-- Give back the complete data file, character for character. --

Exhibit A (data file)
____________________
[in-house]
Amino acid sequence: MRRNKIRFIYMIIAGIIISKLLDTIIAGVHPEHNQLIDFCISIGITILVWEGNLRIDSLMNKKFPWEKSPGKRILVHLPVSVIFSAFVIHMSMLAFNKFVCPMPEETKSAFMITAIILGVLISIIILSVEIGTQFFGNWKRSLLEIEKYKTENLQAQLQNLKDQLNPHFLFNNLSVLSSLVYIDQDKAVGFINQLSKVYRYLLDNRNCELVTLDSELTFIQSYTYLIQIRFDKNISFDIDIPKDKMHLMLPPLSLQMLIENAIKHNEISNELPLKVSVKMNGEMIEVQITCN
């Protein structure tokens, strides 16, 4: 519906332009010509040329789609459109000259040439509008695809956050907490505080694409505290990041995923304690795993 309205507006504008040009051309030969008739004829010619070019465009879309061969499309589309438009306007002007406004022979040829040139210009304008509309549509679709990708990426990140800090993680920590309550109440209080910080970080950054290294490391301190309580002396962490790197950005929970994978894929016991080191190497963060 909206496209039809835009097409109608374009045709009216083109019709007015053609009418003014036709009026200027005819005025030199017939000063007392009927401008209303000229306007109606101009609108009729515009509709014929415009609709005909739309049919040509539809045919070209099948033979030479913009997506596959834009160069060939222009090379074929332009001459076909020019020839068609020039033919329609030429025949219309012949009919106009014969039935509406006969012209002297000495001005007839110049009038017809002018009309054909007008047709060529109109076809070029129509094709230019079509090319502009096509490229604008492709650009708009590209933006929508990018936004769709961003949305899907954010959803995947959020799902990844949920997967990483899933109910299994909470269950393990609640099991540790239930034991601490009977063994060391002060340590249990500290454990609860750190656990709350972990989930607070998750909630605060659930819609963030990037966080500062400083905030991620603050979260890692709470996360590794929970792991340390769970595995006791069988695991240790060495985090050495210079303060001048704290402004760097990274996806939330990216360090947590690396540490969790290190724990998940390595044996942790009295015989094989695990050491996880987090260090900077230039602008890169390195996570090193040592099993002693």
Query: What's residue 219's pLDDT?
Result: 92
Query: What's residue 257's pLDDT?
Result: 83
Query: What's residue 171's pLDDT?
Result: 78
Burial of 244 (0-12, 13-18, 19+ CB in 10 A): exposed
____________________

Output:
[in-house]
Amino acid sequence: MRRNKIRFIYMIIAGIIISKLLDTIIAGVHPEHNQLIDFCISIGITILVWEGNLRIDSLMNKKFPWEKSPGKRILVHLPVSVIFSAFVIHMSMLAFNKFVCPMPEETKSAFMITAIILGVLISIIILSVEIGTQFFGNWKRSLLEIEKYKTENLQAQLQNLKDQLNPHFLFNNLSVLSSLVYIDQDKAVGFINQLSKVYRYLLDNRNCELVTLDSELTFIQSYTYLIQIRFDKNISFDIDIPKDKMHLMLPPLSLQMLIENAIKHNEISNELPLKVSVKMNGEMIEVQITCN
């Protein structure tokens, strides 16, 4: 519906332009010509040329789609459109000259040439509008695809956050907490505080694409505290990041995923304690795993 309205507006504008040009051309030969008739004829010619070019465009879309061969499309589309438009306007002007406004022979040829040139210009304008509309549509679709990708990426990140800090993680920590309550109440209080910080970080950054290294490391301190309580002396962490790197950005929970994978894929016991080191190497963060 909206496209039809835009097409109608374009045709009216083109019709007015053609009418003014036709009026200027005819005025030199017939000063007392009927401008209303000229306007109606101009609108009729515009509709014929415009609709005909739309049919040509539809045919070209099948033979030479913009997506596959834009160069060939222009090379074929332009001459076909020019020839068609020039033919329609030429025949219309012949009919106009014969039935509406006969012209002297000495001005007839110049009038017809002018009309054909007008047709060529109109076809070029129509094709230019079509090319502009096509490229604008492709650009708009590209933006929508990018936004769709961003949305899907954010959803995947959020799902990844949920997967990483899933109910299994909470269950393990609640099991540790239930034991601490009977063994060391002060340590249990500290454990609860750190656990709350972990989930607070998750909630605060659930819609963030990037966080500062400083905030991620603050979260890692709470996360590794929970792991340390769970595995006791069988695991240790060495985090050495210079303060001048704290402004760097990274996806939330990216360090947590690396540490969790290190724990998940390595044996942790009295015989094989695990050491996880987090260090900077230039602008890169390195996570090193040592099993002693």
Query: What's residue 219's pLDDT?
Result: 92
Query: What's residue 257's pLDDT?
Result: 83
Query: What's residue 171's pLDDT?
Result: 78
Burial of 244 (0-12, 13-18, 19+ CB in 10 A): exposed